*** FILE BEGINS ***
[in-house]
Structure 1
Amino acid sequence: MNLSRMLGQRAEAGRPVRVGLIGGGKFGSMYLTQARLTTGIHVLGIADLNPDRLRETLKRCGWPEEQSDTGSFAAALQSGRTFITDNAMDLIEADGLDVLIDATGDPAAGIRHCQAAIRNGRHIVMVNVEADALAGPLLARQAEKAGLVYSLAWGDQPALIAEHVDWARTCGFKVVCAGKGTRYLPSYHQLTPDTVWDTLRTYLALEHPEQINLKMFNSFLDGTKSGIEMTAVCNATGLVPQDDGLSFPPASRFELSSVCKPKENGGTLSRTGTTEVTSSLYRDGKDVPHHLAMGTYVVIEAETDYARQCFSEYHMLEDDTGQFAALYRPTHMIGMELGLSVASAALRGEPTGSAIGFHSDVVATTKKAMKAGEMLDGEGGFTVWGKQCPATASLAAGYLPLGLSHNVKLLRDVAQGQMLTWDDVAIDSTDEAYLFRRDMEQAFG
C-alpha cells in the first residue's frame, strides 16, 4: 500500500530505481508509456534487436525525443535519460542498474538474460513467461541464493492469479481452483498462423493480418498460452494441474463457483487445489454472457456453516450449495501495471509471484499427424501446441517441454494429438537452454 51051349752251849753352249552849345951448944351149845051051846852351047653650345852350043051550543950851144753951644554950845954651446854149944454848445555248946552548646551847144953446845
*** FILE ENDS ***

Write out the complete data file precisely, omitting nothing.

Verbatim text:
[in-house]
Structure 1
Amino acid sequence: MNLSRMLGQRAEAGRPVRVGLIGGGKFGSMYLTQARLTTGIHVLGIADLNPDRLRETLKRCGWPEEQSDTGSFAAALQSGRTFITDNAMDLIEADGLDVLIDATGDPAAGIRHCQAAIRNGRHIVMVNVEADALAGPLLARQAEKAGLVYSLAWGDQPALIAEHVDWARTCGFKVVCAGKGTRYLPSYHQLTPDTVWDTLRTYLALEHPEQINLKMFNSFLDGTKSGIEMTAVCNATGLVPQDDGLSFPPASRFELSSVCKPKENGGTLSRTGTTEVTSSLYRDGKDVPHHLAMGTYVVIEAETDYARQCFSEYHMLEDDTGQFAALYRPTHMIGMELGLSVASAALRGEPTGSAIGFHSDVVATTKKAMKAGEMLDGEGGFTVWGKQCPATASLAAGYLPLGLSHNVKLLRDVAQGQMLTWDDVAIDSTDEAYLFRRDMEQAFG
C-alpha cells in the first residue's frame, strides 16, 4: 500500500530505481508509456534487436525525443535519460542498474538474460513467461541464493492469479481452483498462423493480418498460452494441474463457483487445489454472457456453516450449495501495471509471484499427424501446441517441454494429438537452454 51051349752251849753352249552849345951448944351149845051051846852351047653650345852350043051550543950851144753951644554950845954651446854149944454848445555248946552548646551847144953446845